The prospect of spending the lion's share of one's life asleep carries uncertain implications for humankind's extraterrestrial descendants. Evidently, brains clear out toxins during sleep, and this cleansing might help brains resist degenerative diseases. The process involves activating the brain's glymphatic system, a "plumbing" system that flushes out the spaces between brain cells during sleep. Research into glymphatic activity during sleep is summarized on the National Institutes of Health web site at http://www.ninds.nih.gov/news_and_events/news_articles/pressrelease_brain_sleep_10182013.htm.

On the other hand, it would seem that a growing proportion of unconsciousness and of physical inactivity would impoverish the brain and thereby diminish consciousness.

But, on the other, other hand.

As different as the two states are, waking and sleeping occupy points on a continuum. And in infant brains the continuum is smoother in its transitions among states than it is in adults. In adults, the receptive and expressive functions of consciousness shut down nearly completely during sleep, producing a mode of experience profoundly different from waking. In infants, these functions—sensory receptivity and motor activity—don't shut down nearly as completely. This is according not only to EEG studies, but also to the common observation that sleeping infants can respond readily to stimulation. In The World of the Newborn, Daphne and Charles Maurer summarize:

"In adults, lights, clicks, and taps evoke only small responses [during sleep]. However, in the newborn, more or less comparable responses are evoked whether the baby is awake or sound asleep . . . . Hence it is very likely that a newborn’s sensory circuits are connected and functioning twenty-four hours per day."

"You will recall, perhaps, that I felt constrained to describe the first sleep of the newborn as a rather faithful replica of the state of repose existing prior to birth. I added that this condition of sleep, as indeed is likewise true of every subsequent sleep, may signify the hallucinatory gratification of the wish to be in the unborn state."

— Sandor Ferenczi
Thalassa: A Theory of Genitality

From this and other observations, the Maurers conclude,

"Thus the baby can learn while he is asleep—learn to recognize a story read to him repeatedly, learn to expect the chiming of a clock, learn to expect to be fed. To a newborn, sleep is not a lessening or change of consciousness; it is merely muscular relaxation."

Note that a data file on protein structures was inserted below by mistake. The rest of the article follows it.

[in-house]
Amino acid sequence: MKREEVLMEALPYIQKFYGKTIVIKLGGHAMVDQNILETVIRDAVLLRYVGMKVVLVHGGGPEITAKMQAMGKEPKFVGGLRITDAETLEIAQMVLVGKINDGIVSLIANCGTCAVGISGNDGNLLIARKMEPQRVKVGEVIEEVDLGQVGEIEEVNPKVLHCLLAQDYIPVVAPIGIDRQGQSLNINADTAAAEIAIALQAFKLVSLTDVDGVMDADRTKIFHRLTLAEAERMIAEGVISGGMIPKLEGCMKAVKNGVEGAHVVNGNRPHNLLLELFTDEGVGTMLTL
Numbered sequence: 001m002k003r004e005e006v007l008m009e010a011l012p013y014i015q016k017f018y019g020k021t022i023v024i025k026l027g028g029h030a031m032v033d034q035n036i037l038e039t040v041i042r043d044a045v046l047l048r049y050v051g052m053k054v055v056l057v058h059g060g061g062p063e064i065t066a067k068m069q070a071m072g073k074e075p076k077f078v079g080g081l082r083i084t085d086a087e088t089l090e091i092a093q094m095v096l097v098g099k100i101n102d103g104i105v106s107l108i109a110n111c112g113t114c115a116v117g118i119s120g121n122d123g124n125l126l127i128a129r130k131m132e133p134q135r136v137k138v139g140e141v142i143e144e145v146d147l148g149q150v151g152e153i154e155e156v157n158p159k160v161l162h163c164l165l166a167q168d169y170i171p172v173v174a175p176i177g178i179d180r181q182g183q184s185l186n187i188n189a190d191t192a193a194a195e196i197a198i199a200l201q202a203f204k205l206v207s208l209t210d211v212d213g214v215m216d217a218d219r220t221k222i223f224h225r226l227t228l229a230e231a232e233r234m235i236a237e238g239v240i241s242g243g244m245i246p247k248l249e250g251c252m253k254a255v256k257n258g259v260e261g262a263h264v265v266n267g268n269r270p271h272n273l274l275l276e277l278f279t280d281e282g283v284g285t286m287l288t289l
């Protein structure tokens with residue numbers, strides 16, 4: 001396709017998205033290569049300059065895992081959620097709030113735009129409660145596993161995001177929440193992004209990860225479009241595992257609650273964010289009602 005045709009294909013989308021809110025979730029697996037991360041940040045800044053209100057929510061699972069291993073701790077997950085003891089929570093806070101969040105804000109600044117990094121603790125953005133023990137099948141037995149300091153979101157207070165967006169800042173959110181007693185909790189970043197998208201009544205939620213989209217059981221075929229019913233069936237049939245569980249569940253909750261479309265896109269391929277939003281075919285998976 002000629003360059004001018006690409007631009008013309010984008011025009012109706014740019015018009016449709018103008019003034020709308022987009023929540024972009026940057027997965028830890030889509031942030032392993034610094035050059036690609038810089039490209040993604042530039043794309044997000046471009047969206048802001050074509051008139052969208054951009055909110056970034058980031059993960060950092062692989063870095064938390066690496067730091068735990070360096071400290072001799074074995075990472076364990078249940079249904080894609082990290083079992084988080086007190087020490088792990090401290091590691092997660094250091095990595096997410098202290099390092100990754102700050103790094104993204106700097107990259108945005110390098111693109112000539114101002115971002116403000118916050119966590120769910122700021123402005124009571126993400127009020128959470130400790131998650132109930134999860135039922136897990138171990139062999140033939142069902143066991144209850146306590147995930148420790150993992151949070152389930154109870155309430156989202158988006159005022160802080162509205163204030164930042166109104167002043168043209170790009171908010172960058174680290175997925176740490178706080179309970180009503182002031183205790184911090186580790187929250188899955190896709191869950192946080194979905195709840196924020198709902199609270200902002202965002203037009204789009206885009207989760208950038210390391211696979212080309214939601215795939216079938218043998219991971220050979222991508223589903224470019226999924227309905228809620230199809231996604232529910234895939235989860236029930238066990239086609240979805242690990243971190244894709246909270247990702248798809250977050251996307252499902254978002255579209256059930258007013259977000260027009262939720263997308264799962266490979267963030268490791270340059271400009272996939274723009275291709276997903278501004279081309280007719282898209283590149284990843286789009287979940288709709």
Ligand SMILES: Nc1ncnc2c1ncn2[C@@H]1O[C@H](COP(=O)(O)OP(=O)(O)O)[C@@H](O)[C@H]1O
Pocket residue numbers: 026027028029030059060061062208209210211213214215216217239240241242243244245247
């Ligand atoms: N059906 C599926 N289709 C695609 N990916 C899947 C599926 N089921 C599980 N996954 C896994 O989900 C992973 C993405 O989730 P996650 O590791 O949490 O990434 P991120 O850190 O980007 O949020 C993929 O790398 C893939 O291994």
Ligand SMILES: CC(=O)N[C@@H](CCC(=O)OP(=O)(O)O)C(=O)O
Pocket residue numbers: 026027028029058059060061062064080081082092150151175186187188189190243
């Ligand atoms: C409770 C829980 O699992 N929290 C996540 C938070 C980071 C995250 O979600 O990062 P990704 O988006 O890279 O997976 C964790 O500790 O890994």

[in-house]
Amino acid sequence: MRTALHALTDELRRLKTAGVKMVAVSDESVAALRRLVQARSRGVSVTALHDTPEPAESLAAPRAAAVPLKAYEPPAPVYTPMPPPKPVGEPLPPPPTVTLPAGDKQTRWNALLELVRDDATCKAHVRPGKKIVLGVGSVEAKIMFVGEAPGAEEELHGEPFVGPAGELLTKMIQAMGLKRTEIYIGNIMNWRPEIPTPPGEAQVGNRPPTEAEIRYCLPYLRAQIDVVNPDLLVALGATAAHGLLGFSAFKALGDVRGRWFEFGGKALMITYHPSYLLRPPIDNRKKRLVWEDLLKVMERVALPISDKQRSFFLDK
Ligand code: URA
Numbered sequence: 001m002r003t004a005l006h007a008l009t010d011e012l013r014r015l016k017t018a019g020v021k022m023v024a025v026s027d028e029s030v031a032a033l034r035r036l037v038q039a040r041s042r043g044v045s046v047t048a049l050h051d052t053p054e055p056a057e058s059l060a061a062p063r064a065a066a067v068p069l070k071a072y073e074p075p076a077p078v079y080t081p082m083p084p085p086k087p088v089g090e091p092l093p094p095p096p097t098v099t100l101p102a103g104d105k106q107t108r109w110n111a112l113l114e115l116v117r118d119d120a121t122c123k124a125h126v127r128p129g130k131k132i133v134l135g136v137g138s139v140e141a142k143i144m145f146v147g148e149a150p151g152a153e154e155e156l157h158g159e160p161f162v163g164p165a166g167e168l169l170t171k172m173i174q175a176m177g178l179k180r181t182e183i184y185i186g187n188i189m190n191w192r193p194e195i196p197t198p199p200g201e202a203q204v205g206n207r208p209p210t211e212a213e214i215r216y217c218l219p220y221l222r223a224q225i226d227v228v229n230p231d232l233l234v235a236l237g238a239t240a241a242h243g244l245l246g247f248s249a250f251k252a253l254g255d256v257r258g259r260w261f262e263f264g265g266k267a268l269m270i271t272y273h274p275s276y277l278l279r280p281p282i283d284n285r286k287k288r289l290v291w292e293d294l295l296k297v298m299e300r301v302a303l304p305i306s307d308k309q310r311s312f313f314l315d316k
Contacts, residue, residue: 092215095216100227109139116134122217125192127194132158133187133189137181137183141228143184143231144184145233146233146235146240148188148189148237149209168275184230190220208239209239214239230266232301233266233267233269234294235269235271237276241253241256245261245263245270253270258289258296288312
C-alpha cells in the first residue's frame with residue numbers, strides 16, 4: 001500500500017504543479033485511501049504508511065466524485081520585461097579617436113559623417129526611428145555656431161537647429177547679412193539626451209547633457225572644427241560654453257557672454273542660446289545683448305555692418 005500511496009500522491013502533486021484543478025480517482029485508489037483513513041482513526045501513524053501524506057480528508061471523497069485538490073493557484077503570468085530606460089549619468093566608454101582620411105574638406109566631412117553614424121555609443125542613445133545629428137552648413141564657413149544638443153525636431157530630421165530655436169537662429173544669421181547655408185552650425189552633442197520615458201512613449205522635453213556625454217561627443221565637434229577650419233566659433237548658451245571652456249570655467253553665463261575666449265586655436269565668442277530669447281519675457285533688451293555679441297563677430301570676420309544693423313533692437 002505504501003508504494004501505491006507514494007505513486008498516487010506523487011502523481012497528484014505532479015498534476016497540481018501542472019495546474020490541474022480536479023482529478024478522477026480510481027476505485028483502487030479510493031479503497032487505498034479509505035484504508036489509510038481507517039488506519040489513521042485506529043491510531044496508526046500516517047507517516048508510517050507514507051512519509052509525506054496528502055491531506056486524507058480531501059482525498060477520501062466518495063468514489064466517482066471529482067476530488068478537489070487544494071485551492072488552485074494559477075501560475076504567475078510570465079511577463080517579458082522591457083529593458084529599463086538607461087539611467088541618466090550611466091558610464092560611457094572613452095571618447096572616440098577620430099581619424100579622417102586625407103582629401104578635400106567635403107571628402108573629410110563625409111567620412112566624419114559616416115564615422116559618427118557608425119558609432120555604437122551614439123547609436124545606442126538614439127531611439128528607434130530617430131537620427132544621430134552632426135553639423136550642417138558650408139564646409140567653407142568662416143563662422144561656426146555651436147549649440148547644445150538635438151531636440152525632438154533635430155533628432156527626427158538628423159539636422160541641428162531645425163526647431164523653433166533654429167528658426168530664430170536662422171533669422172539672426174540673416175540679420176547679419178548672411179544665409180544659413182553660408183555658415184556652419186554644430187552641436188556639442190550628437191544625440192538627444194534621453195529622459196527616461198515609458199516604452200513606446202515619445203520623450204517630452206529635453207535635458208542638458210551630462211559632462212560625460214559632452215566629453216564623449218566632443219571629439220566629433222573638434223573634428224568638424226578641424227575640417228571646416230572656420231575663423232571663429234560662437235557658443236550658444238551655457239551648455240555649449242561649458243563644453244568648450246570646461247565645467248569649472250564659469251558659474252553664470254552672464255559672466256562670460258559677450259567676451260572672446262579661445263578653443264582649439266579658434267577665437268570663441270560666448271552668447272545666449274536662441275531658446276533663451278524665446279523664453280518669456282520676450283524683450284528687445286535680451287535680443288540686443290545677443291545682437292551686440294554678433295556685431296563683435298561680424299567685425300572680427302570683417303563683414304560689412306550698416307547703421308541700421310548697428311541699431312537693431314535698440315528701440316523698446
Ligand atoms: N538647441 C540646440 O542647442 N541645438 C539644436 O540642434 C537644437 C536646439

If this is the nature of infant sleep, then the sleeping and waking states would seem to be programmed to converge in the infantilized circuitry of space brains.

And with circadian (day/night) cycles in space colonies being as artificial as gravity, native extraterrestrials are likely to jettison them too. The distinction between the two kinds of minds—waking and sleeping—might itself be an artifact of living on a planet. The brains of humankind's extraterrestrial descendants might dispense with alternating between waking and sleeping. They might forego day/night cycles in the colony environment and in doing so encourage wakefulness and sleep to converge into a more holistic, less differentiated, more juvenile consciousness. With their brains freed from the neurochemical oscillations of the day/night cycle, native extraterrestrials might enjoy a perpetual reverie in a new kind of subjective space. With their survival needs met through technological symbiosis, they might need to attend to very little in their environments, by terrestrial standards.

So, in a weightless population, will the stillness of sleep undermine the enrichments of neurological neoteny? Or, will a merging of waking and sleep more than compensate for any squandering of gray matter?

NEXT > Lucid Dreams, the Great Awakening

The Star Larvae Hypothesis:

Stars constitute a genus of organism. The stellar life cycle includes a larval phase. Biological life constitutes the larval phase of the stellar life cycle.

Elaboration: The hypothesis presents a teleological model of nature, in which